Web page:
After a creative, swinging set by singer Lisa Henry with a tight trio led by drummer Oleg Butman, with pianist Natalia Smirnova and bassist Igor Ivanushkin, all world-class practitioners (to be reviewed in the next installment), the Moscow Jazz Orchestra played a half-hour program with guest tenor saxophonist Bob Mintzer of the Yellowjackets, who would perform the evening’s final segment.
MJO’s book covers a half-century timeline of musical expression, from the Swing Era to post-Coltrane. Igor Butman decided to open with pianist-arranger Nick Levinovsky’s complex, poetic treatment of Herbie Hancock’s “The Sorcerer,” featuring a crisp trumpet solo by Pavel Suyazov, a beautifully paced solo by Mintzer, a pithy turn by Levinovsky and a thematic drum solo by Eduard Zizak.
Piquant voicings in the brass section, sometimes generated by deft deployment of mutes, introduced “Naima.” Mellow trombones stated the iconic melody, setting up Mintzer’s soulful solo, which showed his personal conception of John Coltrane’s language. Levinovsky’s chorus featured an ingenious reharmonization, before Mintzer’s concluding cadenza.
They finished with Levinovsky’s “Homage To Duke,” a tour de force contrafact of Billy Strayhorn’s “The Intimacy Of The Blues” that you could imagine the Thad Jones-Mel Lewis Orchestra playing circa 1968. Bassist Vitaly Solomonov opened with a bass line in lockstep with Zizak’s brush-stroked shuffle, introducing a section in which three flutes played the theme in unison in counterpoint to the trombones, before the brass section played the melody against a sax section counterline.
After Pavel Ovchinnikov’s swinging trombone solo, a flute solo by Alexander Dovgopoly and a bass solo by Solomonov, a big brass chord launched Mintzer into an extended, surging declamation. Butman riposted, double-timing in the tenor’s lower regions with a “sheets of sound” approach. A tenor battle of eight exchanges of eight-bar and four-bar phrases ensued, setting up a final shout chorus that was more Basie than Duke.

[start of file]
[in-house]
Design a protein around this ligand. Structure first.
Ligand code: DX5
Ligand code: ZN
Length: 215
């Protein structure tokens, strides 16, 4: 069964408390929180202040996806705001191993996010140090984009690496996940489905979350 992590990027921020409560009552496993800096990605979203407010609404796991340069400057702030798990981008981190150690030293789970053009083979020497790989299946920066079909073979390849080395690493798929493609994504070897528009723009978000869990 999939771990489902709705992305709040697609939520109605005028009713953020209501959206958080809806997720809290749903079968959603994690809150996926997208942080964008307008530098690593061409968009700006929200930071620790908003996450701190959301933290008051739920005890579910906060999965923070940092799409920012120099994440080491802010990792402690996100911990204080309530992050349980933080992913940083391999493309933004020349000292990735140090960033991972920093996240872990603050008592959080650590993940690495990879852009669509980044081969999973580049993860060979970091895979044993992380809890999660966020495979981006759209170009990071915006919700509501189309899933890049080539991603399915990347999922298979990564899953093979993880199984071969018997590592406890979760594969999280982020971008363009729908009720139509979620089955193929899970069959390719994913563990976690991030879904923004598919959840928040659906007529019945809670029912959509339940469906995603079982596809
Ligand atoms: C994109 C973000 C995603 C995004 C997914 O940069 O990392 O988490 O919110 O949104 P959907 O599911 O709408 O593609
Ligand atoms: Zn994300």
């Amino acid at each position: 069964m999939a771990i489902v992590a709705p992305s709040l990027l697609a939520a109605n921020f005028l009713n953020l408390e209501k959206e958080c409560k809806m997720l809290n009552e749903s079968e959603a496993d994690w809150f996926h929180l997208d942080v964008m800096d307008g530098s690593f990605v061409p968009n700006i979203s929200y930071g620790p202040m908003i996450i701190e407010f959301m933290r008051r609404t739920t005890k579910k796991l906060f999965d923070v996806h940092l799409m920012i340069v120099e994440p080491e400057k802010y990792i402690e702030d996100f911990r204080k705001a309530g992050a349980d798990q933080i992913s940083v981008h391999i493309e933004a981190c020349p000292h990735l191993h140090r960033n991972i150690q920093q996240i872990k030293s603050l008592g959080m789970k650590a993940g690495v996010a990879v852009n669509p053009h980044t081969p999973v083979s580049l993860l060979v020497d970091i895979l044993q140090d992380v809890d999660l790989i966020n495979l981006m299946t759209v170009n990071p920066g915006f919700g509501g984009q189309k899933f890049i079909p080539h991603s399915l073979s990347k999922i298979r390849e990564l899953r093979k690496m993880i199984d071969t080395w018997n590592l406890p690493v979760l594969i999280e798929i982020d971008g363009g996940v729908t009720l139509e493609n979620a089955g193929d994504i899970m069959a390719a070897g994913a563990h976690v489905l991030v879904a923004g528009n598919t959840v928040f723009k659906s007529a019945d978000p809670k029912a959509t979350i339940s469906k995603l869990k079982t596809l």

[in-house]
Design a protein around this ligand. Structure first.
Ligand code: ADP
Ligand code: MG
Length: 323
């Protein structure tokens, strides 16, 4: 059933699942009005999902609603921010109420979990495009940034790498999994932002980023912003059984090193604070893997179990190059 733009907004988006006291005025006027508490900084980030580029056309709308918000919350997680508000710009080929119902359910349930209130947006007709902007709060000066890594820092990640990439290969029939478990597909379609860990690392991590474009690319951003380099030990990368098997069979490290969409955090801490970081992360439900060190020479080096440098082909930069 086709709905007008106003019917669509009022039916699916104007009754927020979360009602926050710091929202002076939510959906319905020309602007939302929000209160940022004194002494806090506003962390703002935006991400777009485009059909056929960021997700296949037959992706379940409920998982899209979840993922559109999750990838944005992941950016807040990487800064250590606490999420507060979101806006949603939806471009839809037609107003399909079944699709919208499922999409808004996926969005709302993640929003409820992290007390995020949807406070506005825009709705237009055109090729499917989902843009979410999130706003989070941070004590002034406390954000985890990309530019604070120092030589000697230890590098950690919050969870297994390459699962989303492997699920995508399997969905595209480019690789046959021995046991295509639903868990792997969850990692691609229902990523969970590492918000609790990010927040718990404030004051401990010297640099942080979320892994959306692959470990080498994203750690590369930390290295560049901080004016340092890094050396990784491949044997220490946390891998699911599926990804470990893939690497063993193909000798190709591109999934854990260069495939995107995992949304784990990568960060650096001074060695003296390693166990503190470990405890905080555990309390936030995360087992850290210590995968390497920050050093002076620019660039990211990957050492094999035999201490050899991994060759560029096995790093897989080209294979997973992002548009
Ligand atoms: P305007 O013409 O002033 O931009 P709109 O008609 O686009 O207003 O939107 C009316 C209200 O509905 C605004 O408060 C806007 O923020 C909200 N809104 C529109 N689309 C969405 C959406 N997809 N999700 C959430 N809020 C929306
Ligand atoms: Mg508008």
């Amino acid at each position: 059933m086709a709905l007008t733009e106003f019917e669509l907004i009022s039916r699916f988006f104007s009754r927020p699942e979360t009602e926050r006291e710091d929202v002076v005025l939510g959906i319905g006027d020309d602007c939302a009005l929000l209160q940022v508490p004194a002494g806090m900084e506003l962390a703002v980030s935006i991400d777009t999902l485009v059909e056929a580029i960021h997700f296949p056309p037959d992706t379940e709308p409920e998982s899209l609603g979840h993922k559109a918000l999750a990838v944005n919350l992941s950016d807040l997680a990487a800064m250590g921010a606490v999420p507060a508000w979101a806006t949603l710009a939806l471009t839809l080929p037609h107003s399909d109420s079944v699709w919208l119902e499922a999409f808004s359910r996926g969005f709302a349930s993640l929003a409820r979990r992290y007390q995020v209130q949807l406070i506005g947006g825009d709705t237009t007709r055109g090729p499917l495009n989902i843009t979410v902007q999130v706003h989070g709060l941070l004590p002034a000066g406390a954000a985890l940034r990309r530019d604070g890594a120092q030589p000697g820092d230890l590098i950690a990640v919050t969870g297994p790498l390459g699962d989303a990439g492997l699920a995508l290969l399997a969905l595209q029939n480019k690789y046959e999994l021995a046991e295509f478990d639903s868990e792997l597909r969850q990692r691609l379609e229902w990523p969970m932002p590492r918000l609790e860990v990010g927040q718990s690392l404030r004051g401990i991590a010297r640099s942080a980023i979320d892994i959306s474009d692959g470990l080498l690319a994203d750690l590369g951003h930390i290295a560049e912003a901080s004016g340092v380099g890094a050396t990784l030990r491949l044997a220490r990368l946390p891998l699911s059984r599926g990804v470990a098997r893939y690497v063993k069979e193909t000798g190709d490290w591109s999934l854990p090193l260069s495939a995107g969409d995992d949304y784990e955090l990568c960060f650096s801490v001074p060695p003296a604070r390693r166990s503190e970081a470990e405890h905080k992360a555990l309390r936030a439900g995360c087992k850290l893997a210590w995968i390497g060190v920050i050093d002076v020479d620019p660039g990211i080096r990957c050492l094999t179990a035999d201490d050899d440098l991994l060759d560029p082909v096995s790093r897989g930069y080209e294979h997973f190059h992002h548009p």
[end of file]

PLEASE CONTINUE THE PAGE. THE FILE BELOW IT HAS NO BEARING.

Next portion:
Following Blanchard and Lisa Henry on Sunday night, MJO eschewed the conceptual range of the previous evening for repertoire that Butman considered more palatable for the audience, performed with force and conviction.
After a set-opening “Homage To Duke” (Azat Bayazitov’s Michael Brecker-esque tenor solo set up Butman’s lengthy, hoarse-toned declamation), Butman—observing the death of Clark Terry the day before—called Levinovsky’s lovely arrangement of Benny Golson’s “I Remember Clifford,” here a showcase for trumpeter Alexander Berenson’s beautiful tone and melodic imagination.
To close, MJO played “Butman Plays Goodman,” a Levinovsky-arranged flag-waver comprising a medley of six Swing Era hits by Benny Goodman. Edgar Sampson’s “Stompin’ At The Savoy” was a brief overture, before a transition into Sampson’s “Don’t Be That Way,” illuminated by Butman’s large-toned, Johnny Hodges-esque alto saxophone solo. “Soft Winds” opened with succinct solos by trumpeter Zhulin, alto saxophonist Ilya Morozov, trumpeter Berenson, tenorist Bayazitov, pianist Levinovsky and bassist Solomanov, foreshadowing Butman’s long, torrential solo on soprano sax.
After a fanfare, Butman launched another creamy alto solo on “Moonglow”; on a dime, MJO switched to “Bei Mir Bist Du Schoen,” swung inexorably by Zizak, who emulated Gene Krupa style drum rolls on a climactic duo with Butman on soprano.